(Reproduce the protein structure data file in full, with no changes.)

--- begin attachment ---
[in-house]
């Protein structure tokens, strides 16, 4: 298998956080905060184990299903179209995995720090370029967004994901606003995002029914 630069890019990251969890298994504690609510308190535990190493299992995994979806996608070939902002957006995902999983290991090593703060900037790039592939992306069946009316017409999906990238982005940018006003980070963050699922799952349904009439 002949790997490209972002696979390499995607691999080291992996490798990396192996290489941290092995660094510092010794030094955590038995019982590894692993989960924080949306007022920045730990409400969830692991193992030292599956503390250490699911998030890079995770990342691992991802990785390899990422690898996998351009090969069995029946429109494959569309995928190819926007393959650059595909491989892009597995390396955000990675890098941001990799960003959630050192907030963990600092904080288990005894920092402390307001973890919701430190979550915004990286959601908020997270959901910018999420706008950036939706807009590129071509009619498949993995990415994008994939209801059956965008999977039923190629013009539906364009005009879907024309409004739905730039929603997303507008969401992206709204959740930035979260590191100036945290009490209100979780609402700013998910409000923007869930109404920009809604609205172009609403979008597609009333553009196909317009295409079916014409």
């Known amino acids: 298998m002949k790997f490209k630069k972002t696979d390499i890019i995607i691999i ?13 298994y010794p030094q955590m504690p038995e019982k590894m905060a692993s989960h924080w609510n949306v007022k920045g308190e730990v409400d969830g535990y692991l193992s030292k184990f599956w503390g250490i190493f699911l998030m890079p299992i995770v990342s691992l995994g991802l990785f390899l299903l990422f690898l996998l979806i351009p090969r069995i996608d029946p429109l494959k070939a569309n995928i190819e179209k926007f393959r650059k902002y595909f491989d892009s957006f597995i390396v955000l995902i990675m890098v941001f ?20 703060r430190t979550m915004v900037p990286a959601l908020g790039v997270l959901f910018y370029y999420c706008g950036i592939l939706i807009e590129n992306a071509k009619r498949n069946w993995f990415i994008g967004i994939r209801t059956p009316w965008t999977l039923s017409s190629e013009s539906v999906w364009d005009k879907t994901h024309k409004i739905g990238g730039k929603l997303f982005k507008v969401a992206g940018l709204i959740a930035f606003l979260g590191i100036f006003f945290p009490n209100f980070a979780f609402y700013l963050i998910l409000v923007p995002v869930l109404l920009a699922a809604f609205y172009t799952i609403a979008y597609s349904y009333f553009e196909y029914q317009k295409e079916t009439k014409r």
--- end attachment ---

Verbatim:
[in-house]
């Protein structure tokens, strides 16, 4: 298998956080905060184990299903179209995995720090370029967004994901606003995002029914 630069890019990251969890298994504690609510308190535990190493299992995994979806996608070939902002957006995902999983290991090593703060900037790039592939992306069946009316017409999906990238982005940018006003980070963050699922799952349904009439 002949790997490209972002696979390499995607691999080291992996490798990396192996290489941290092995660094510092010794030094955590038995019982590894692993989960924080949306007022920045730990409400969830692991193992030292599956503390250490699911998030890079995770990342691992991802990785390899990422690898996998351009090969069995029946429109494959569309995928190819926007393959650059595909491989892009597995390396955000990675890098941001990799960003959630050192907030963990600092904080288990005894920092402390307001973890919701430190979550915004990286959601908020997270959901910018999420706008950036939706807009590129071509009619498949993995990415994008994939209801059956965008999977039923190629013009539906364009005009879907024309409004739905730039929603997303507008969401992206709204959740930035979260590191100036945290009490209100979780609402700013998910409000923007869930109404920009809604609205172009609403979008597609009333553009196909317009295409079916014409």
């Known amino acids: 298998m002949k790997f490209k630069k972002t696979d390499i890019i995607i691999i ?13 298994y010794p030094q955590m504690p038995e019982k590894m905060a692993s989960h924080w609510n949306v007022k920045g308190e730990v409400d969830g535990y692991l193992s030292k184990f599956w503390g250490i190493f699911l998030m890079p299992i995770v990342s691992l995994g991802l990785f390899l299903l990422f690898l996998l979806i351009p090969r069995i996608d029946p429109l494959k070939a569309n995928i190819e179209k926007f393959r650059k902002y595909f491989d892009s957006f597995i390396v955000l995902i990675m890098v941001f ?20 703060r430190t979550m915004v900037p990286a959601l908020g790039v997270l959901f910018y370029y999420c706008g950036i592939l939706i807009e590129n992306a071509k009619r498949n069946w993995f990415i994008g967004i994939r209801t059956p009316w965008t999977l039923s017409s190629e013009s539906v999906w364009d005009k879907t994901h024309k409004i739905g990238g730039k929603l997303f982005k507008v969401a992206g940018l709204i959740a930035f606003l979260g590191i100036f006003f945290p009490n209100f980070a979780f609402y700013l963050i998910l409000v923007p995002v869930l109404l920009a699922a809604f609205y172009t799952i609403a979008y597609s349904y009333f553009e196909y029914q317009k295409e079916t009439k014409r």